William Allen Walsh

Conservative (1867-1942)

Mr. WALSH:

Mr. Speaker, I rise to a point of order. I hardly think that on a question of privilege the hon. gentleman is in order in discussing a matter which has been and is being dealt with in the legislature of one of the provinces. I understand that the rules of this house allow a member to defend himself against an attack that has been made upon him publicly in relation to the discharge of his duties as a member of the house, but I do not think that the attack he complains of has been made on the hon. member as a member of this house. I raise that point of order, Mr. Speaker.

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LIB

Walter Edward Foster (Speaker of the Senate)

Liberal

Mr. SPEAKER:

Does any other hon.

member wish to speak to the point of order?

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CON

Richard Bedford Bennett (Leader of the Official Opposition)

Conservative (1867-1942)

Mr. BENNETT:

Mr. Speaker, it is quite apparent, I think, without going into the authorities at all, that it is competent for any hon. member who has been attacked in his capacity as a member of this house to rise in his place on a question of privilege and make

such explanation or statement as he may think desirable to negative the inferences to be drawn from any public statement attacking his honour or his fitness as a member of the house. But to rise in his place and discuss his relations with the provincial government with respect to lumber transactions and licences for the cutting of timber is to deal with purely a provincial matter, and if we are to listen for a quarter of an hour on a question of privilege to a statement that has to do with purely a provincial matter, where are we going to land? That is the question at issue.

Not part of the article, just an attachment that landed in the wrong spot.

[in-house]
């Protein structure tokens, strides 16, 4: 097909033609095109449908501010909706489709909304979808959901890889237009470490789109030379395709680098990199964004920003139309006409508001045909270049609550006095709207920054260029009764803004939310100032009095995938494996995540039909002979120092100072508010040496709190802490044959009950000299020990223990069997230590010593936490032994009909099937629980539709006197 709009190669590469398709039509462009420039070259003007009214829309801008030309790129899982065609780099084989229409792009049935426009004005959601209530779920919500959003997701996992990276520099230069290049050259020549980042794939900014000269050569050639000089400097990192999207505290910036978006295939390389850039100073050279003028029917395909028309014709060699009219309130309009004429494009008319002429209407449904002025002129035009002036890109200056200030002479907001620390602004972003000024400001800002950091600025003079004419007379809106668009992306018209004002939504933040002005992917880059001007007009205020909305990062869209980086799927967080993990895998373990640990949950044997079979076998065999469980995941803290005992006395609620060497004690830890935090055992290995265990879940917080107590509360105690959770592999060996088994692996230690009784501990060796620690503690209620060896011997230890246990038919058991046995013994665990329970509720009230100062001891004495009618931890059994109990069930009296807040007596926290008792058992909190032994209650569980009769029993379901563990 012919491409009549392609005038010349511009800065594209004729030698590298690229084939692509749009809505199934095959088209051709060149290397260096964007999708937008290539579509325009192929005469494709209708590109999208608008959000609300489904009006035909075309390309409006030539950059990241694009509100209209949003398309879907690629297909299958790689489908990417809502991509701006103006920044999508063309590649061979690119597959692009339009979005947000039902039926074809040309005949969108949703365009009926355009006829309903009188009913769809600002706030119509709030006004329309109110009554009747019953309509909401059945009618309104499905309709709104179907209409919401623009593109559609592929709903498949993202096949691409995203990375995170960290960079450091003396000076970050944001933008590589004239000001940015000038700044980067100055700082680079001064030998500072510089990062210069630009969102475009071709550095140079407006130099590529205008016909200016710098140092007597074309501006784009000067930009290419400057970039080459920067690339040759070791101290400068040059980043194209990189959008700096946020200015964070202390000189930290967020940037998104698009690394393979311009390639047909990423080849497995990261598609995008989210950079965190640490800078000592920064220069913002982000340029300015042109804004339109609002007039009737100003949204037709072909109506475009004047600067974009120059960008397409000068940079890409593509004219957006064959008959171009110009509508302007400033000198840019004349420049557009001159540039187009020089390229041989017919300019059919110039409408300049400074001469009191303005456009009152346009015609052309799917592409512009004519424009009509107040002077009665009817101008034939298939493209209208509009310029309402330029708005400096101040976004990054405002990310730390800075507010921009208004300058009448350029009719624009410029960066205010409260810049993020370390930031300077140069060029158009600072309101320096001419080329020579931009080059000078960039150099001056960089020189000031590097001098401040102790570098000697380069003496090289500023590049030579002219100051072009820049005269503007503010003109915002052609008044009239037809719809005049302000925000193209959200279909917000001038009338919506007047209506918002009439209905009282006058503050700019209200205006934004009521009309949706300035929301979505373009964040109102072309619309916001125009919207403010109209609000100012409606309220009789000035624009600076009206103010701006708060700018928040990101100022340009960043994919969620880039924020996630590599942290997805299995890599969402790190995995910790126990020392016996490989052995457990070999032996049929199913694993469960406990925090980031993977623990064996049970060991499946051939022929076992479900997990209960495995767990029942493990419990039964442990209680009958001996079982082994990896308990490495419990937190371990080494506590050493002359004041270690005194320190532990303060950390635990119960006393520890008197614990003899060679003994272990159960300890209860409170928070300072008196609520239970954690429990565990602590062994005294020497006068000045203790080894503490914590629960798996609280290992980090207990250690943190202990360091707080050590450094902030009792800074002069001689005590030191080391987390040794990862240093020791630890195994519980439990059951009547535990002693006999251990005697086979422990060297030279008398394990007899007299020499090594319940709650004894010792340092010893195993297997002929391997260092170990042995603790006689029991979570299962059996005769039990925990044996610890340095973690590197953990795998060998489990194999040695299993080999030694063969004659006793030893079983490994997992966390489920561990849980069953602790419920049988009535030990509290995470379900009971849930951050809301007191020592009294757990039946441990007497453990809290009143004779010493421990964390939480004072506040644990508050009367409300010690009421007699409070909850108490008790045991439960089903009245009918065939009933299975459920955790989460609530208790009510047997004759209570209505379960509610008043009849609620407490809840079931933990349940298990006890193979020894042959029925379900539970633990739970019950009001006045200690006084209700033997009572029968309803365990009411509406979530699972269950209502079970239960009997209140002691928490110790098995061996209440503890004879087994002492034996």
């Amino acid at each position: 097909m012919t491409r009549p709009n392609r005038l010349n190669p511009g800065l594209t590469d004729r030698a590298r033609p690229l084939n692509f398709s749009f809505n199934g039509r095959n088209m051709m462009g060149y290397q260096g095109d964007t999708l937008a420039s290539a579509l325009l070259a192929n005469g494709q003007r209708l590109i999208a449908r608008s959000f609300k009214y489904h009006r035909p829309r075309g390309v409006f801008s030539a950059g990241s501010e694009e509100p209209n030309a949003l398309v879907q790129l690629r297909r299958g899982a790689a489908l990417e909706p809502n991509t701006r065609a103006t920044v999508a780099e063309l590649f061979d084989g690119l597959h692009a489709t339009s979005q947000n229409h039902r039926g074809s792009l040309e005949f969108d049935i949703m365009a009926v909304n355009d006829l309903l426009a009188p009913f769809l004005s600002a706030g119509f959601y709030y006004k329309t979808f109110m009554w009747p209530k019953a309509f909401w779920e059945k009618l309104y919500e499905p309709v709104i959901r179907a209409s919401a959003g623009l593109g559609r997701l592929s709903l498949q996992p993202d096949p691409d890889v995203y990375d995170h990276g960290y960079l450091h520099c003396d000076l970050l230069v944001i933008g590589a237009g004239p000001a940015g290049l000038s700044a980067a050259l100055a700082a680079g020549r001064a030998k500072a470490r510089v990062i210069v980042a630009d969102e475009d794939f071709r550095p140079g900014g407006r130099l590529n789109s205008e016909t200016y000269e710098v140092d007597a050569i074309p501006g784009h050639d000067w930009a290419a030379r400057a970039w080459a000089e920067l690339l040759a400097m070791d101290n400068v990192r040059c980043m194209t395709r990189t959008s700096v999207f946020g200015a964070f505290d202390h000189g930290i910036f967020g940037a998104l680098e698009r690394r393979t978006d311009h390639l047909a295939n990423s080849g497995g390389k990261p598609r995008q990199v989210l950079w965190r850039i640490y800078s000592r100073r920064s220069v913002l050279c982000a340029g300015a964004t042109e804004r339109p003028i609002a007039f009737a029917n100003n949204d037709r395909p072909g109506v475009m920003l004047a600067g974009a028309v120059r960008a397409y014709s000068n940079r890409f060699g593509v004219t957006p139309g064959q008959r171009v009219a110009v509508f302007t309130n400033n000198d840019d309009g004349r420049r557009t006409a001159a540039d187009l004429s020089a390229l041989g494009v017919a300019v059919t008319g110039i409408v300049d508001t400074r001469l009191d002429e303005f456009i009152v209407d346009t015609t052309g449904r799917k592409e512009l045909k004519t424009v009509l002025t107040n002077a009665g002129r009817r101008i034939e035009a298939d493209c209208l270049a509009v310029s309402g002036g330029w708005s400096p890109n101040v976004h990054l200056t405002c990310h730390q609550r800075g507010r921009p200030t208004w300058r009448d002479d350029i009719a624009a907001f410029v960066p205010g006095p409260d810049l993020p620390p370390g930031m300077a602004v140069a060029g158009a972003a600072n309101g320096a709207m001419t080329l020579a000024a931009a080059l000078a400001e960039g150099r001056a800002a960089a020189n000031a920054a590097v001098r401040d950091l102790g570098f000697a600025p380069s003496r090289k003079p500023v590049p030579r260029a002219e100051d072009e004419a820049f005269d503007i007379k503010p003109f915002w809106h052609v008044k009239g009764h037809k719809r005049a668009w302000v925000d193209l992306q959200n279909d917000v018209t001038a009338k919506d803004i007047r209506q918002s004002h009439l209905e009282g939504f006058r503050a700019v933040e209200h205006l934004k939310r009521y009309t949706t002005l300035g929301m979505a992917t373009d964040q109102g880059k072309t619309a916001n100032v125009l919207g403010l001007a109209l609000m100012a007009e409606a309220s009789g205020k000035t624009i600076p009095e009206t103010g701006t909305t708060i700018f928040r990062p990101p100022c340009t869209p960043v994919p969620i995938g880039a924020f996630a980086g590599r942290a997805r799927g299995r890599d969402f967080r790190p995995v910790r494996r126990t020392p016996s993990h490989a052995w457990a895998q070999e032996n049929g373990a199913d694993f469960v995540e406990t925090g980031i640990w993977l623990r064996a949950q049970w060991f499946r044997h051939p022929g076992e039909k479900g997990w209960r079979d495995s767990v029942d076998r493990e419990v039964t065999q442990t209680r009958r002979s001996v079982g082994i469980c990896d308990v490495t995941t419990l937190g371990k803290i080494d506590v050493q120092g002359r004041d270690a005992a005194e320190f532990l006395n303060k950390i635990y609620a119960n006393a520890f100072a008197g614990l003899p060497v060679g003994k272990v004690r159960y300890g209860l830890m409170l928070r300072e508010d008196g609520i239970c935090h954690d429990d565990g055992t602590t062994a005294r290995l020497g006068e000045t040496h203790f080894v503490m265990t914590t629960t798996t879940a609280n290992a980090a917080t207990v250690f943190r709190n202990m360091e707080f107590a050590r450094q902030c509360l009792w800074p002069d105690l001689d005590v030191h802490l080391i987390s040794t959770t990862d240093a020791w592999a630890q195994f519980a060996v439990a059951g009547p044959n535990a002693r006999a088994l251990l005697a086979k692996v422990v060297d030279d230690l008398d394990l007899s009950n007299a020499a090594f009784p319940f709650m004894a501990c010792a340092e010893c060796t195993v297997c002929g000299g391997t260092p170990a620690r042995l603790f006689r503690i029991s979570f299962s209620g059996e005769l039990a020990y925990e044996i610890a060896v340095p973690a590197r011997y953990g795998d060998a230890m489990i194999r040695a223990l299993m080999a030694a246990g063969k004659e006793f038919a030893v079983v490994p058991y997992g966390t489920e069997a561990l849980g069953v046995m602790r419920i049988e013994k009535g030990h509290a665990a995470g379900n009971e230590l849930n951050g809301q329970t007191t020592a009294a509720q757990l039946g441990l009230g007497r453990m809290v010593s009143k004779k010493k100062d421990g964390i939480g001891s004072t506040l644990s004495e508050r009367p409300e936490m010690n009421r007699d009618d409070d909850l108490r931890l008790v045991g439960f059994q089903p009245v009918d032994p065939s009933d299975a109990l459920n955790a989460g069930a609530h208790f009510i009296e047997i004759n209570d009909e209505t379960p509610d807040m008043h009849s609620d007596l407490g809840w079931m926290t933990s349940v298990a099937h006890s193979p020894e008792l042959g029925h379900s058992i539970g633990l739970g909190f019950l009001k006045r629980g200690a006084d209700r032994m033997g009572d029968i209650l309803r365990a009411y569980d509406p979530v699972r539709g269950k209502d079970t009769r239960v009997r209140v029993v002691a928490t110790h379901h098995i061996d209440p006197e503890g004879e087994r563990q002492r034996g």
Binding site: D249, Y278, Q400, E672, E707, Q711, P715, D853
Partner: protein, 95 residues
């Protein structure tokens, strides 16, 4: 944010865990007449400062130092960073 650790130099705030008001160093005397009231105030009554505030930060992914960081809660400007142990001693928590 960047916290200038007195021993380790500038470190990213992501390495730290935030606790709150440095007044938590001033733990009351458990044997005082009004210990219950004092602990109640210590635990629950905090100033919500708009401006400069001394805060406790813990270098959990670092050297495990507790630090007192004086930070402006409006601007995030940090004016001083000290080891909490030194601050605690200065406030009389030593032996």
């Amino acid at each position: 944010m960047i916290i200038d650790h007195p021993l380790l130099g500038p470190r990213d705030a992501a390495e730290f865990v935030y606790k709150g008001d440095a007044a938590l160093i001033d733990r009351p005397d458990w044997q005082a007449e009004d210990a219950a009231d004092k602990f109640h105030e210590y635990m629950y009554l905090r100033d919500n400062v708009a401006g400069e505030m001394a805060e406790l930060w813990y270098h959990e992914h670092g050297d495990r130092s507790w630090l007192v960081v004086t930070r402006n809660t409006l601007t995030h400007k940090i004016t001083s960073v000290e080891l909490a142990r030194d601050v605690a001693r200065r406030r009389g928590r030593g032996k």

I cannot but think that the hon. member will realize that he is dealing with something that might properly be dealt with in the legislature at Quebec, something having to do with his capacity as a business man, not as a member of this chamber, and the discharge of his obligations in connection with a matter affecting timber licences and timber rights in that province, over which we have no control. If every transaction that affects the question of a man's relations to provincial governments or to contractual obligations with respect to timber or sales of lumber in the United States is to become the subject matter of discussion in this chamber on a question of privilege, certainly, Mr. Speaker, this house is going to be in rather a difficult position.